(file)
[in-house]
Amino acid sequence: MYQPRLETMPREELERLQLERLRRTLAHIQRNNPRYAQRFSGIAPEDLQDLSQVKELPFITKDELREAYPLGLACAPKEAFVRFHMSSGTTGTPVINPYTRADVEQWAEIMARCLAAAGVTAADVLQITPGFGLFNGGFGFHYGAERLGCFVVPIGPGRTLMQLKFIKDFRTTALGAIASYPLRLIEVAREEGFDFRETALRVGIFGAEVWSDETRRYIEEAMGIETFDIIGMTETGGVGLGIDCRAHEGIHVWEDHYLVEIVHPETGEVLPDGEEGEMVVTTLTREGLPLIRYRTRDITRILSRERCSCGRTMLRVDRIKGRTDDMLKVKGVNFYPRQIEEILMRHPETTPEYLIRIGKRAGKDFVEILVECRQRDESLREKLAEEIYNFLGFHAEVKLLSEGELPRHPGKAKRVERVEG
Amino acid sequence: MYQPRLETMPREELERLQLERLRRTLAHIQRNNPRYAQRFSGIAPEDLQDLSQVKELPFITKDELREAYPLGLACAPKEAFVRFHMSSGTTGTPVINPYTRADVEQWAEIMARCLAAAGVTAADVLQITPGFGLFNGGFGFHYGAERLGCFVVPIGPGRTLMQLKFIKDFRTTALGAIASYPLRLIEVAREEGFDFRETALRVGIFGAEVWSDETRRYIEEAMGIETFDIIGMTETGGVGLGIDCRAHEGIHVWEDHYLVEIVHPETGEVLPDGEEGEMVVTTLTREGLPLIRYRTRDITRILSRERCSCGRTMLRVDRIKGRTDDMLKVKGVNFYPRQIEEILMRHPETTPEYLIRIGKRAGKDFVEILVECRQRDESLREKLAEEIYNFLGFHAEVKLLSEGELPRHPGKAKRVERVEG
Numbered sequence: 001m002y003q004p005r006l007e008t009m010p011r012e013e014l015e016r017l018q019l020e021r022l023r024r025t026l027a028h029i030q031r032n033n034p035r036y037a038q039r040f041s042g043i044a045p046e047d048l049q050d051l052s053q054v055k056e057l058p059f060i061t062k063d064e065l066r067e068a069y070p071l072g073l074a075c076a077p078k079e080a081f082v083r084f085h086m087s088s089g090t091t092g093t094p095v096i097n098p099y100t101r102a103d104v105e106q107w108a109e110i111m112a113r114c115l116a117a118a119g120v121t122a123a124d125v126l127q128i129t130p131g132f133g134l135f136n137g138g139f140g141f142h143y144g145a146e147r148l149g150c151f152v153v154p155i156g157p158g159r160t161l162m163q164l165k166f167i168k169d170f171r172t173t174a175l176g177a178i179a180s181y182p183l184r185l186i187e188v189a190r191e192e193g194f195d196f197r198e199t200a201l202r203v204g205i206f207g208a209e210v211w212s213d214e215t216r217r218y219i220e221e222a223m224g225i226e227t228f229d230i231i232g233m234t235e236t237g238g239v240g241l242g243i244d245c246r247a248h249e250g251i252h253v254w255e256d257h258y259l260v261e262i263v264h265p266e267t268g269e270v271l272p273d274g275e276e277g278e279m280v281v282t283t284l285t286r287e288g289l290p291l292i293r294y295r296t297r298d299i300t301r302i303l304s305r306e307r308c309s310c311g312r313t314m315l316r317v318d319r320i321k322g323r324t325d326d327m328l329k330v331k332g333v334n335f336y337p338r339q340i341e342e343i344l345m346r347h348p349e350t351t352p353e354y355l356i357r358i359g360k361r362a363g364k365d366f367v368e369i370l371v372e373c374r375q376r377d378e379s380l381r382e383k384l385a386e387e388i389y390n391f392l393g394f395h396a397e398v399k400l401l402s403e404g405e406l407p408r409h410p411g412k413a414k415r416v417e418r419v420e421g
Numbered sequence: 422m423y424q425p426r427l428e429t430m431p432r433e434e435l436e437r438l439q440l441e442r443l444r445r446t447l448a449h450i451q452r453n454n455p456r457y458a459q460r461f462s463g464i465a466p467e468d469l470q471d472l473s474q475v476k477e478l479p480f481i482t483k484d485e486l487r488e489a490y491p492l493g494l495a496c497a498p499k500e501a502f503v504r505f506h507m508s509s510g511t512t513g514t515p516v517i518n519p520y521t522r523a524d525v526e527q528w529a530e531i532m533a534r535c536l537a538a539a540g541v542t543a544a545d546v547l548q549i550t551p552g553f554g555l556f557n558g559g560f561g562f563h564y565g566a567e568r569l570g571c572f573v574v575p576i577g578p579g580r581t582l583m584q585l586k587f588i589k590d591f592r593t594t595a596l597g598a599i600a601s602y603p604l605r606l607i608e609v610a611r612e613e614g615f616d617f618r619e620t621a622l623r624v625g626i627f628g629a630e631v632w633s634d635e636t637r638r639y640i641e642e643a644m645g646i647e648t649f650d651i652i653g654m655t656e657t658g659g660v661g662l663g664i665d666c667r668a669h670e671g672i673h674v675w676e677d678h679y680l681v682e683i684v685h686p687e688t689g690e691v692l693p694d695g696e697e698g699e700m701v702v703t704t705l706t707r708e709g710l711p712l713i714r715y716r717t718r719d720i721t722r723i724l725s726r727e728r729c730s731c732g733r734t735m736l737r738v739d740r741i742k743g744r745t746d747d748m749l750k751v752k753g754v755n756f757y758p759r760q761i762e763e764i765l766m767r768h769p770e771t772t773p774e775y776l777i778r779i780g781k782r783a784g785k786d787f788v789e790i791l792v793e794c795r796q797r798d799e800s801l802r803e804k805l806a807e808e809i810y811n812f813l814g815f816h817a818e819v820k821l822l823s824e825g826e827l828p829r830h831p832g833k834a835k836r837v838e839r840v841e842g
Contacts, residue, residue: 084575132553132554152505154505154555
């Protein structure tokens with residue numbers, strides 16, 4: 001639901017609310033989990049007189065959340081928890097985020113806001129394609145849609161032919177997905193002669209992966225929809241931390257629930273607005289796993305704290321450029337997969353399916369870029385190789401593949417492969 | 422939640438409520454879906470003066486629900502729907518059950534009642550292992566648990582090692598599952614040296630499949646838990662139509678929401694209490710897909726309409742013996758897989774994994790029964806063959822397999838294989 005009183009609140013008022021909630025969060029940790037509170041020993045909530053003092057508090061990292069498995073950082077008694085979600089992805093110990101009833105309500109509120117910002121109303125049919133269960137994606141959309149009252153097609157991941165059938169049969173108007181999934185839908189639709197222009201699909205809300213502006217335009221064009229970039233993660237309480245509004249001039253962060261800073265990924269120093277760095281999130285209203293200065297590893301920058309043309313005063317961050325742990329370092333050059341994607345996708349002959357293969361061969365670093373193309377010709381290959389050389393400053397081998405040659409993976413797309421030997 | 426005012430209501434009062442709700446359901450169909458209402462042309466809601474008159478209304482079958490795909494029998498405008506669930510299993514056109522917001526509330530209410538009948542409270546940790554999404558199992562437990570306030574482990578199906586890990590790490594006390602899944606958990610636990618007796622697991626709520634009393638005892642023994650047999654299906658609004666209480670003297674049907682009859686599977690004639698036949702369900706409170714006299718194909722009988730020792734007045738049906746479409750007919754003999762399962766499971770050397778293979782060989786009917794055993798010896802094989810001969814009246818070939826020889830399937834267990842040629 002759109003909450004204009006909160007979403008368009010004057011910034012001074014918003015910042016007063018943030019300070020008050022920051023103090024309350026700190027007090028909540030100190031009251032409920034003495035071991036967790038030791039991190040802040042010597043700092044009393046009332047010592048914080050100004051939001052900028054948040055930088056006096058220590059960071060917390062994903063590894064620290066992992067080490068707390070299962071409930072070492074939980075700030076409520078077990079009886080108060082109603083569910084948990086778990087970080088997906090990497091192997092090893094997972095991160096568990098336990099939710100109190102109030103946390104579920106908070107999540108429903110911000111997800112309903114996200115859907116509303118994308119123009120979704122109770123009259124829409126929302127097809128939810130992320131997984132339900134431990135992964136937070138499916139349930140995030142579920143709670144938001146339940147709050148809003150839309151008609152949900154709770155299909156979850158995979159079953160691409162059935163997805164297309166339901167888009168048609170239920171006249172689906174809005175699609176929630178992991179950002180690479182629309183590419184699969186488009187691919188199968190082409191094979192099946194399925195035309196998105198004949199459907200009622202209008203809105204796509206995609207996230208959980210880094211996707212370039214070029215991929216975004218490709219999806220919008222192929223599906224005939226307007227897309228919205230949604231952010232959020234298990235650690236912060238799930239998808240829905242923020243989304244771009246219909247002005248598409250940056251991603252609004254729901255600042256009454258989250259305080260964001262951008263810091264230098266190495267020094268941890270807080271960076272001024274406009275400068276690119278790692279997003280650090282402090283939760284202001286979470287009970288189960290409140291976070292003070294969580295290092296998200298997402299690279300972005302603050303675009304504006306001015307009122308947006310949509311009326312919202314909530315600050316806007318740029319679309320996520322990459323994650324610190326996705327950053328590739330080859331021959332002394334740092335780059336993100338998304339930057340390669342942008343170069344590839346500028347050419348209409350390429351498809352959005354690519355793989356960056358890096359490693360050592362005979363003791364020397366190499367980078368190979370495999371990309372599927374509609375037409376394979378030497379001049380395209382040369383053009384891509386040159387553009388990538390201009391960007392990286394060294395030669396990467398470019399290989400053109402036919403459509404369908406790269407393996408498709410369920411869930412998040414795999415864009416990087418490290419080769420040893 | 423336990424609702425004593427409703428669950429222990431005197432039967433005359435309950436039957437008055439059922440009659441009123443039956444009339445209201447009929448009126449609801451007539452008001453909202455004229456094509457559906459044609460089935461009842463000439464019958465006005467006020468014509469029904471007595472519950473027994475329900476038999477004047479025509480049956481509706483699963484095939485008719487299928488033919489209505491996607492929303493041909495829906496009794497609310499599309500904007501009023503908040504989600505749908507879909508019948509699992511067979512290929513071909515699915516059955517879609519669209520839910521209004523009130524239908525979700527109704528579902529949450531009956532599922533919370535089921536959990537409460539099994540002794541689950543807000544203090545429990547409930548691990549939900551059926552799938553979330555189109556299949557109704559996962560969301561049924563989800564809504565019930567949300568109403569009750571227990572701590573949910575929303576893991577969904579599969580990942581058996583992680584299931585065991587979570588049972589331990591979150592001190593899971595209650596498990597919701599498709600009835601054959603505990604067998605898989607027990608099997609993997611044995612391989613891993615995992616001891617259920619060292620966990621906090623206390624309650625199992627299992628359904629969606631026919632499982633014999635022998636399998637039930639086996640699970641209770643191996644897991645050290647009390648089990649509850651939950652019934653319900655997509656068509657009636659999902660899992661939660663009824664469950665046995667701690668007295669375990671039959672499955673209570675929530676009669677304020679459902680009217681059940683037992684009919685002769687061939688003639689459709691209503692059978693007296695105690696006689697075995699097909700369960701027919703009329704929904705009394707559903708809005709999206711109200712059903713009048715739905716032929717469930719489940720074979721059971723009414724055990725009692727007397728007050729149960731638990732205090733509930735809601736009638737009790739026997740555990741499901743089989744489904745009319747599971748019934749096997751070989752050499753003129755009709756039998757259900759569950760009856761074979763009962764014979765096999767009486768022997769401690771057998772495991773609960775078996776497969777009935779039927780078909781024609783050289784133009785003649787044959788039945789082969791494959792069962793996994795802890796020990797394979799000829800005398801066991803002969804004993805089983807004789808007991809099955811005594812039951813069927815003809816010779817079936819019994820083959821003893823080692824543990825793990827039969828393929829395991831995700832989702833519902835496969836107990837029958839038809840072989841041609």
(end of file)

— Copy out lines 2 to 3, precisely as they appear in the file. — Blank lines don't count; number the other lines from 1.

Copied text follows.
Amino acid sequence: MYQPRLETMPREELERLQLERLRRTLAHIQRNNPRYAQRFSGIAPEDLQDLSQVKELPFITKDELREAYPLGLACAPKEAFVRFHMSSGTTGTPVINPYTRADVEQWAEIMARCLAAAGVTAADVLQITPGFGLFNGGFGFHYGAERLGCFVVPIGPGRTLMQLKFIKDFRTTALGAIASYPLRLIEVAREEGFDFRETALRVGIFGAEVWSDETRRYIEEAMGIETFDIIGMTETGGVGLGIDCRAHEGIHVWEDHYLVEIVHPETGEVLPDGEEGEMVVTTLTREGLPLIRYRTRDITRILSRERCSCGRTMLRVDRIKGRTDDMLKVKGVNFYPRQIEEILMRHPETTPEYLIRIGKRAGKDFVEILVECRQRDESLREKLAEEIYNFLGFHAEVKLLSEGELPRHPGKAKRVERVEG
Amino acid sequence: MYQPRLETMPREELERLQLERLRRTLAHIQRNNPRYAQRFSGIAPEDLQDLSQVKELPFITKDELREAYPLGLACAPKEAFVRFHMSSGTTGTPVINPYTRADVEQWAEIMARCLAAAGVTAADVLQITPGFGLFNGGFGFHYGAERLGCFVVPIGPGRTLMQLKFIKDFRTTALGAIASYPLRLIEVAREEGFDFRETALRVGIFGAEVWSDETRRYIEEAMGIETFDIIGMTETGGVGLGIDCRAHEGIHVWEDHYLVEIVHPETGEVLPDGEEGEMVVTTLTREGLPLIRYRTRDITRILSRERCSCGRTMLRVDRIKGRTDDMLKVKGVNFYPRQIEEILMRHPETTPEYLIRIGKRAGKDFVEILVECRQRDESLREKLAEEIYNFLGFHAEVKLLSEGELPRHPGKAKRVERVEG